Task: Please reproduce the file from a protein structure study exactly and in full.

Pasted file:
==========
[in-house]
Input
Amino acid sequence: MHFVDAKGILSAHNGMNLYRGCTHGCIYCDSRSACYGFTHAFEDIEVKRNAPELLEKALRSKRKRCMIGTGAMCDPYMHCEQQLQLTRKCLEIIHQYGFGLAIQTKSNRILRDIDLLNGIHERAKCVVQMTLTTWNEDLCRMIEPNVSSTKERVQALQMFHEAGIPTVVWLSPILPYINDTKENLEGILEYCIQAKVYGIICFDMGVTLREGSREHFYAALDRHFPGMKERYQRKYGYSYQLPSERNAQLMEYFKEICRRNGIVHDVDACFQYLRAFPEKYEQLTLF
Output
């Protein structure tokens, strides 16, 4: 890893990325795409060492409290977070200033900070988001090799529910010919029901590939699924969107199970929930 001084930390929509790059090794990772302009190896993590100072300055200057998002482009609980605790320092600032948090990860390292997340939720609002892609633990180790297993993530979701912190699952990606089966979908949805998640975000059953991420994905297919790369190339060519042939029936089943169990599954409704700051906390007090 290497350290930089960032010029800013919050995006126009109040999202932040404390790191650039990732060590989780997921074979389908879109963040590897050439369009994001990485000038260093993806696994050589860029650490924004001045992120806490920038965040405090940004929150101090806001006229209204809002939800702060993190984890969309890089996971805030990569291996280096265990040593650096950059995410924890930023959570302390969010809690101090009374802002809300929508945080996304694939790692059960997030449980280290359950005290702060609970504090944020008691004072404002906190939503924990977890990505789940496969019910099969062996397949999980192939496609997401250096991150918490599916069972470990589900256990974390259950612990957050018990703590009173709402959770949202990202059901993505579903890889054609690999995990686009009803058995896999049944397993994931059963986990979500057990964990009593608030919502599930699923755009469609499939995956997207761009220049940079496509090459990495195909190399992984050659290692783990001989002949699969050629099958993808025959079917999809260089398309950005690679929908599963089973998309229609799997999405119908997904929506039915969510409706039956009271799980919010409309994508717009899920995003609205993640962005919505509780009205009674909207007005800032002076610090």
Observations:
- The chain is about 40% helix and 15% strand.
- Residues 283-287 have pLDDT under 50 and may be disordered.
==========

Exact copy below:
[in-house]
Input
Amino acid sequence: MHFVDAKGILSAHNGMNLYRGCTHGCIYCDSRSACYGFTHAFEDIEVKRNAPELLEKALRSKRKRCMIGTGAMCDPYMHCEQQLQLTRKCLEIIHQYGFGLAIQTKSNRILRDIDLLNGIHERAKCVVQMTLTTWNEDLCRMIEPNVSSTKERVQALQMFHEAGIPTVVWLSPILPYINDTKENLEGILEYCIQAKVYGIICFDMGVTLREGSREHFYAALDRHFPGMKERYQRKYGYSYQLPSERNAQLMEYFKEICRRNGIVHDVDACFQYLRAFPEKYEQLTLF
Output
């Protein structure tokens, strides 16, 4: 890893990325795409060492409290977070200033900070988001090799529910010919029901590939699924969107199970929930 001084930390929509790059090794990772302009190896993590100072300055200057998002482009609980605790320092600032948090990860390292997340939720609002892609633990180790297993993530979701912190699952990606089966979908949805998640975000059953991420994905297919790369190339060519042939029936089943169990599954409704700051906390007090 290497350290930089960032010029800013919050995006126009109040999202932040404390790191650039990732060590989780997921074979389908879109963040590897050439369009994001990485000038260093993806696994050589860029650490924004001045992120806490920038965040405090940004929150101090806001006229209204809002939800702060993190984890969309890089996971805030990569291996280096265990040593650096950059995410924890930023959570302390969010809690101090009374802002809300929508945080996304694939790692059960997030449980280290359950005290702060609970504090944020008691004072404002906190939503924990977890990505789940496969019910099969062996397949999980192939496609997401250096991150918490599916069972470990589900256990974390259950612990957050018990703590009173709402959770949202990202059901993505579903890889054609690999995990686009009803058995896999049944397993994931059963986990979500057990964990009593608030919502599930699923755009469609499939995956997207761009220049940079496509090459990495195909190399992984050659290692783990001989002949699969050629099958993808025959079917999809260089398309950005690679929908599963089973998309229609799997999405119908997904929506039915969510409706039956009271799980919010409309994508717009899920995003609205993640962005919505509780009205009674909207007005800032002076610090």
Observations:
- The chain is about 40% helix and 15% strand.
- Residues 283-287 have pLDDT under 50 and may be disordered.